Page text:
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Faculty Viewpoint: Bringing Hope—and Interventions—to Combat Youth Trauma

by Tom Hanlon / Feb 20, 2023

Three students talking with each other

Jarrett Lewis, assistant professor in Educational Psychology, talks about interventions he is designing for traumatized Black youth and partnering with schools and communities to deliver these interventions.

Q: What does the core of your research revolve around?

Jarrett Lewis (JL): I’m really interested in exploring the mechanisms through which Black youth and young adults experience psychological trauma and how they heal from that trauma. Currently, this research is being done in school-based settings or community contexts. A project we’re doing right now is focused on exploring how to ameliorate the negative effects of violent trauma, such as chronic exposure to gun or physical violence, and racial trauma, including recurrent experiences with race-based discrimination or prejudice, on emotional and psychological outcomes.

Jarrett Lewis

Q: Can you describe some interesting findings that your research has uncovered?

JL: We completed a project where we looked at a sample of primarily low-income families, mostly Black and Latinx. We found that those who had experienced chronic exposure to violence showed a decrease in externalizing behaviors—for example, aggression or violent behavior—particularly with youth in extended family households exhibited more of a decrease in externalizing than youth in nuclear families or single-parent households. We found this finding to be counterintuitive due the presumed lack of attention and care that youth may receive in extended families.

Q: What do you make of that finding?

JL: Historically, a lot of our focus has been placed on helping single-parent families find a supportive adult to mimic the support that is often found in two-parent households. In this case, there was no nuclear family protection, but there was something impactful about the extended family household. Most of these low-income families were Black and Latinx, and there may be some more culturally-informed and traditional ways of healing that are more aligned with collective healing, as opposed to focusing on individual healing. We believe that’s what’s happening in these extended families that might be offering that protection. Whether it’s family wisdom being passed down from one generation to the next or youth receiving support from multiple adults, we don’t know exactly. So, we thought we should talk more with minoritized parents about how we should be developing interventions to offer and supplement the support their children need.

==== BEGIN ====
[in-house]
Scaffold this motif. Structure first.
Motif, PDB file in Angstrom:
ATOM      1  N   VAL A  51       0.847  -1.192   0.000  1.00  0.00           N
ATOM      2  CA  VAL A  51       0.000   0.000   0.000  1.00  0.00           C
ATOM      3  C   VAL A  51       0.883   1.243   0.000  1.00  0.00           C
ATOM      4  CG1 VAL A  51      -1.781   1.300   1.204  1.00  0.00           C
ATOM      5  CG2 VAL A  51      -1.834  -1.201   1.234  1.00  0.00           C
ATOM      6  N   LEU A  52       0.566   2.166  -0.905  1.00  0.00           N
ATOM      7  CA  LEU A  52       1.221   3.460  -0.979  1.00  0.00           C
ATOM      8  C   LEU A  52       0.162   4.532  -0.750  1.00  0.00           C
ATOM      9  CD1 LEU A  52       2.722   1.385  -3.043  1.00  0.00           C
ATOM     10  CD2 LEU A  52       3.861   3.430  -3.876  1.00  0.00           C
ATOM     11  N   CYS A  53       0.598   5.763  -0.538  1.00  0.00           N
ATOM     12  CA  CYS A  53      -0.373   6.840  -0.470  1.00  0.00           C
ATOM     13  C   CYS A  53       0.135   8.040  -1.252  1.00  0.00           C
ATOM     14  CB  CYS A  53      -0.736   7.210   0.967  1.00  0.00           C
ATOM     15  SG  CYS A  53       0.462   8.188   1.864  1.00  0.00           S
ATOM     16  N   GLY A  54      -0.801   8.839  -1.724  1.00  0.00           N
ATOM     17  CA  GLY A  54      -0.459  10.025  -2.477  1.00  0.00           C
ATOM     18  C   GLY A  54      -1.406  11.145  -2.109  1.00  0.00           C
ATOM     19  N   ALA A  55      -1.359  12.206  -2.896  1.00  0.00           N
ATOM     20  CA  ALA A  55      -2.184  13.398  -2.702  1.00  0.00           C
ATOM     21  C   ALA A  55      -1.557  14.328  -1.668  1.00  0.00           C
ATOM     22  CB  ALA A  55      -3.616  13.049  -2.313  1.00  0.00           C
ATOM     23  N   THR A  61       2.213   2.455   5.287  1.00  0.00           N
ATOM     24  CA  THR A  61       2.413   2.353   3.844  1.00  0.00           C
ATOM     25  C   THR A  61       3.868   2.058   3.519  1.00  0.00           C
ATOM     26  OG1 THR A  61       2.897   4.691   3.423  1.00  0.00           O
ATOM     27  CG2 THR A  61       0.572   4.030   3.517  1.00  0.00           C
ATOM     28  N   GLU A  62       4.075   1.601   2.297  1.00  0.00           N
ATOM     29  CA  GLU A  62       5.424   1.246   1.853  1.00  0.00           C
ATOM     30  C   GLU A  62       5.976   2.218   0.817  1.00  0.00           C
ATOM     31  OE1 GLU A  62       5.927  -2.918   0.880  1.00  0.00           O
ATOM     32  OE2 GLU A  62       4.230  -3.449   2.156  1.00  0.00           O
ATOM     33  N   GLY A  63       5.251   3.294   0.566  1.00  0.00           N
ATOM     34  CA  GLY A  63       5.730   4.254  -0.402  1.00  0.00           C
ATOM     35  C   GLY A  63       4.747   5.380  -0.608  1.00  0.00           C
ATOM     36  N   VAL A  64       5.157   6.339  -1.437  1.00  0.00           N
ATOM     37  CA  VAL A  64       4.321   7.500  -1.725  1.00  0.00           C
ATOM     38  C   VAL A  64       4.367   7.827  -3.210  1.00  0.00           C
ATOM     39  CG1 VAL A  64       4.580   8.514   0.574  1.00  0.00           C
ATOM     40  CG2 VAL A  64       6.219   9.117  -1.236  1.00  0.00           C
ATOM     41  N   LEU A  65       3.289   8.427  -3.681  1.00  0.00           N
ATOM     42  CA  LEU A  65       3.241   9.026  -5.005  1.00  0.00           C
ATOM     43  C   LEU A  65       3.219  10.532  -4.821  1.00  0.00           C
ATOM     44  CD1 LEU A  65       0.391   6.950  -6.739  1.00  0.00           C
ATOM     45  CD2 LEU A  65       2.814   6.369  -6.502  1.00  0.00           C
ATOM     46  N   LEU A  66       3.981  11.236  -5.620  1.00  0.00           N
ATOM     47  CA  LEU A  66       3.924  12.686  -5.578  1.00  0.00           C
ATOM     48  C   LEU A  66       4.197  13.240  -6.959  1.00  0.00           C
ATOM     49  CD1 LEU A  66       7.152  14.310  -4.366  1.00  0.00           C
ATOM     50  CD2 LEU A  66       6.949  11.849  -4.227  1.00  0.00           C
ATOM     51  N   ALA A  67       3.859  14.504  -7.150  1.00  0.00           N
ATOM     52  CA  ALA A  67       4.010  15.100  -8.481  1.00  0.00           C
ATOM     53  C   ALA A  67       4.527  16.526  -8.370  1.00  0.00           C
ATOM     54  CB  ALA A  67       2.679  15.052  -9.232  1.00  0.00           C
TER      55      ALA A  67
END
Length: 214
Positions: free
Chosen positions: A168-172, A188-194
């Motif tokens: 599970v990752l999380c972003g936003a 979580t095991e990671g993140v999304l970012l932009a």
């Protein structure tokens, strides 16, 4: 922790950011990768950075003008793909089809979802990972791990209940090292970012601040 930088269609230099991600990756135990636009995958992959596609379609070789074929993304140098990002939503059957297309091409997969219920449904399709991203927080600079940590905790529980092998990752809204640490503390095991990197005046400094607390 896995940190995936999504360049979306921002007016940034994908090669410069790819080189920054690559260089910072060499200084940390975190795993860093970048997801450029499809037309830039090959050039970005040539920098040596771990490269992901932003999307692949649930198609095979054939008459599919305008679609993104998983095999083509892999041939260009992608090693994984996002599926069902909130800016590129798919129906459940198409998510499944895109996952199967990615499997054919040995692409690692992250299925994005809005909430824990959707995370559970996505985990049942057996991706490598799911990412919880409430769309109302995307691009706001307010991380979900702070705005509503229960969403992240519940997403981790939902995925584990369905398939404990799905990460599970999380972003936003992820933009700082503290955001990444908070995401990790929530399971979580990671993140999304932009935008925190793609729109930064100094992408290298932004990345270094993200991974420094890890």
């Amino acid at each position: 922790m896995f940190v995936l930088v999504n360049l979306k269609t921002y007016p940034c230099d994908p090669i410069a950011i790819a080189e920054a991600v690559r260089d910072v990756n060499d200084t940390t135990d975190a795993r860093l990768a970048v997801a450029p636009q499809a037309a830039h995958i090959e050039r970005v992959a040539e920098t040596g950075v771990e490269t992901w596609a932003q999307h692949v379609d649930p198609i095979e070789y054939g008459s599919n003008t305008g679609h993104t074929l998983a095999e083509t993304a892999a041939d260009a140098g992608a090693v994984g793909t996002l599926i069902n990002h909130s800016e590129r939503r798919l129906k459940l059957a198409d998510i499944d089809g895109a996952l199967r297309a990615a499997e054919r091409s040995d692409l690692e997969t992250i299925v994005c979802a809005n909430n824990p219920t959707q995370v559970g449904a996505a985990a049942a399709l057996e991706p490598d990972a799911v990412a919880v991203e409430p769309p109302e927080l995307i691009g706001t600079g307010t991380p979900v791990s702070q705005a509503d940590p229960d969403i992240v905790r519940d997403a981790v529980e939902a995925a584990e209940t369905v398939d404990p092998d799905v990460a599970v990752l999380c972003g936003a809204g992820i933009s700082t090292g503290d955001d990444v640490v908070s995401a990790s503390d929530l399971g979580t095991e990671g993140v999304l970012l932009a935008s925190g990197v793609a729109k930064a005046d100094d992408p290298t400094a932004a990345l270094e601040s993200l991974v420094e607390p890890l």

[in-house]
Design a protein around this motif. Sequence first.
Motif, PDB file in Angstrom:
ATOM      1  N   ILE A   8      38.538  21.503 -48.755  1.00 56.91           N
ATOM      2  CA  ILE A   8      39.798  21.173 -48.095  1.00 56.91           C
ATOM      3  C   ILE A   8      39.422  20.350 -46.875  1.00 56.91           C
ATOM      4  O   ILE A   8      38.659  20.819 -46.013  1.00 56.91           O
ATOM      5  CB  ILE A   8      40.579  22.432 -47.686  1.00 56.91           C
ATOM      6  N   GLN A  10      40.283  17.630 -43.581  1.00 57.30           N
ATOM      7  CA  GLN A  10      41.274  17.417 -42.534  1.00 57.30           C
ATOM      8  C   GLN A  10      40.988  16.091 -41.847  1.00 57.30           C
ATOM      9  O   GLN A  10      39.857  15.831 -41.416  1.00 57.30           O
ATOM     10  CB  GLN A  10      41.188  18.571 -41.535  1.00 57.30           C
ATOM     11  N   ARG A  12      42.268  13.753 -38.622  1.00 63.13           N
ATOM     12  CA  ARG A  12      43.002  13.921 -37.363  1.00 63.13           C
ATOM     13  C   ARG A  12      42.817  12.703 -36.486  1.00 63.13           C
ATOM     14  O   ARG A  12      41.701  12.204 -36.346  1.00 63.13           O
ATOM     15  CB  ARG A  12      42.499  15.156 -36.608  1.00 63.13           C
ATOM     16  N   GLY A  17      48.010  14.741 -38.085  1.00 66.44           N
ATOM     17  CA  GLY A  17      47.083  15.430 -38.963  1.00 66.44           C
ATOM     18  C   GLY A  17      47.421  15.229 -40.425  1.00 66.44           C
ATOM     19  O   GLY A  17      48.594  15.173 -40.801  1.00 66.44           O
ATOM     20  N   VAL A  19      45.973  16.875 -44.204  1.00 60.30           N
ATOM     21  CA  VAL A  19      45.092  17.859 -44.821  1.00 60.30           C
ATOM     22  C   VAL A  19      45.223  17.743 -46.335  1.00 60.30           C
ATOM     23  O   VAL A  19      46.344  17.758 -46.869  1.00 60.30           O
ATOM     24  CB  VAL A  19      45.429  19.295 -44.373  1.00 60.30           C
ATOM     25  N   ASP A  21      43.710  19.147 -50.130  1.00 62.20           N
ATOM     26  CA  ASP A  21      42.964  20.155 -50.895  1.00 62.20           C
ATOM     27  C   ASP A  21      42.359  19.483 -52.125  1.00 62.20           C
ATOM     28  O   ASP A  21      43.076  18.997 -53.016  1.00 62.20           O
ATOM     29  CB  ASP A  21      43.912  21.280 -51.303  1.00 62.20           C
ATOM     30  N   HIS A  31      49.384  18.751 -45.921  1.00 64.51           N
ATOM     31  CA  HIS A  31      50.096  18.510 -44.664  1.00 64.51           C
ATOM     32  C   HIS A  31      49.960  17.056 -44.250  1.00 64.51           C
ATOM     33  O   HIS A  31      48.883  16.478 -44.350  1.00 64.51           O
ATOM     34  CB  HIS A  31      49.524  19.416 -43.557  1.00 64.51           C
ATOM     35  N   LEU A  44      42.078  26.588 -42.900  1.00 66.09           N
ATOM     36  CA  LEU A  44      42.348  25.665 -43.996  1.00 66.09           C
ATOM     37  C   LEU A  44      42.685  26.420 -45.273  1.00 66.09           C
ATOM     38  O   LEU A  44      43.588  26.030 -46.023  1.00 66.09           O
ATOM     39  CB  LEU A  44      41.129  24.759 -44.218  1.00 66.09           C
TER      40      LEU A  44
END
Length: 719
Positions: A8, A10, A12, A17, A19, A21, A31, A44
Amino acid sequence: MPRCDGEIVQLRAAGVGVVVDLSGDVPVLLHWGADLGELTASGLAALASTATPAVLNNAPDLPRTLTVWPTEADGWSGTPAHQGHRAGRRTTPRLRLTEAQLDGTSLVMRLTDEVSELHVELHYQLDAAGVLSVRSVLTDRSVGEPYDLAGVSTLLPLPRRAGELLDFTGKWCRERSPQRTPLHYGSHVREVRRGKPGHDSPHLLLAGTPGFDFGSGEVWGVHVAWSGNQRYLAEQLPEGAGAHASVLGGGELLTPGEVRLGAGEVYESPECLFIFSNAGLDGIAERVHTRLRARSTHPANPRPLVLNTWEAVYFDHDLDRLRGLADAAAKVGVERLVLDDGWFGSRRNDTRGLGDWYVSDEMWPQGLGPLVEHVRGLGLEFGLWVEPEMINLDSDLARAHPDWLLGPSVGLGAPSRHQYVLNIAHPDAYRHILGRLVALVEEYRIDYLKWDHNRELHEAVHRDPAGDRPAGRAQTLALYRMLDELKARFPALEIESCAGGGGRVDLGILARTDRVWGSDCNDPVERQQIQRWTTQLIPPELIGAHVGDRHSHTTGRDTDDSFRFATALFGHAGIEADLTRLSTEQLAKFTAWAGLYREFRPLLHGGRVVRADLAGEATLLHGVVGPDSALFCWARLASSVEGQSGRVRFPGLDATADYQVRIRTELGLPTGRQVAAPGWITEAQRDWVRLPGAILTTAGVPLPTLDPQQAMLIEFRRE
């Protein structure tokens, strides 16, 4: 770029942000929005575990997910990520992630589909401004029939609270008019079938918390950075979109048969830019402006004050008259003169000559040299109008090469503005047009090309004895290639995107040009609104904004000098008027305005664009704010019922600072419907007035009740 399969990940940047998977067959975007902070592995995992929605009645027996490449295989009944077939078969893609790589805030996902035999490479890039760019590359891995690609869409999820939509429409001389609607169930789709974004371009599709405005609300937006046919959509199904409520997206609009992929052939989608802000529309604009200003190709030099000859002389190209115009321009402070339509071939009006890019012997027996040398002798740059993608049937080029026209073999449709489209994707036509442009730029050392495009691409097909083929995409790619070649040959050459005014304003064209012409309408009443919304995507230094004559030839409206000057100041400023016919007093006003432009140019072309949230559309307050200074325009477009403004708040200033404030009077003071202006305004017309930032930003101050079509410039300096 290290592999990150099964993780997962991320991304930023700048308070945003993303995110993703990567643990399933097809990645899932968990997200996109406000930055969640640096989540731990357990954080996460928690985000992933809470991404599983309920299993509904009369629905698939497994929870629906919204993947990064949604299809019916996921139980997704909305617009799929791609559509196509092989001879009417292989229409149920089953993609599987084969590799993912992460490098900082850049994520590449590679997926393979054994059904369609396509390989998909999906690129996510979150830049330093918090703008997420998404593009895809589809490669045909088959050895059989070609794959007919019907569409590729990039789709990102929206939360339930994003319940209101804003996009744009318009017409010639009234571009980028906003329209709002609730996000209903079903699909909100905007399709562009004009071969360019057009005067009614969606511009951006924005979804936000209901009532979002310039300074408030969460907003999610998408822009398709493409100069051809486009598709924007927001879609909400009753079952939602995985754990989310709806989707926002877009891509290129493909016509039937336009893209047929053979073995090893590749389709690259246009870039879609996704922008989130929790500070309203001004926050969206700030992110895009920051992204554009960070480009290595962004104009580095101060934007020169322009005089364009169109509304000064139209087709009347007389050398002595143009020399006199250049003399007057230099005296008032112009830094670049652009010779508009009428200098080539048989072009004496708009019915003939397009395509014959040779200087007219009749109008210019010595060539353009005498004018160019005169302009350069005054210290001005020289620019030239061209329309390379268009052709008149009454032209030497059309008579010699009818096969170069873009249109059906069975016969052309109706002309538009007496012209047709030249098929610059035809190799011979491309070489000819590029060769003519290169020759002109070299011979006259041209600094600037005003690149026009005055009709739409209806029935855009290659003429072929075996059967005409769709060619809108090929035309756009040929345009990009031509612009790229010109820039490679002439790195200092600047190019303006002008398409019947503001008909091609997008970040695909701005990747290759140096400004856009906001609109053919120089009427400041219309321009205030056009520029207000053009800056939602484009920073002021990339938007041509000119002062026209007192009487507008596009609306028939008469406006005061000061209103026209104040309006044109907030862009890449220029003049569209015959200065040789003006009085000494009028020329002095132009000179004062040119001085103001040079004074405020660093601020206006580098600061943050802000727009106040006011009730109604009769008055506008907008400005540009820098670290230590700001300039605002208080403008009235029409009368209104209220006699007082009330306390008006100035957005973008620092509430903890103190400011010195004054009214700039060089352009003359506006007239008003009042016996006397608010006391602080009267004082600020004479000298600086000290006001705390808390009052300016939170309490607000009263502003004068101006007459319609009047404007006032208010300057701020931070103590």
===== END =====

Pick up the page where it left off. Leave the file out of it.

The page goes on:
Q: You mentioned a project that is focused on violent trauma and race-based trauma. Who are you partnering with in this project?

JL: Through the College of Education’s Office of Public Engagement, we have formed a partnership with the Counseling Psychology Doctoral Program in our Educational Psychology Department, the Clinical Community Psychology Program in the Psychology Department, and the Master of Social Work Program at the School of Social Work. Our group is partnering with Champaign Unit 4 School District and a local middle school, Franklin STEAM Academy, and their inhouse mental health practitioners to enhance and develop mental health programming for Black youth exposed to violent and racial trauma.

Q: What is the value of this partnership?

JL: My approach to research is from the fundamental premise that researchers generate knowledge best through the shared expertise of both people in academia and those in the community and schools in the “real-life” context outside of the academy. There’s a clear difference when you go north of University Avenue versus south of University Avenue, but it’s still one community. That’s one of the things that drew me to the University of Illinois: it’s clear focus on community engagement. So, we try to stress that to our school and community partners that we believe in and support one community, and hopefully as we start this project, we can communicate how committed we are to the parents too, because I know that people have rich and dynamic histories with the university that I’m still learning about.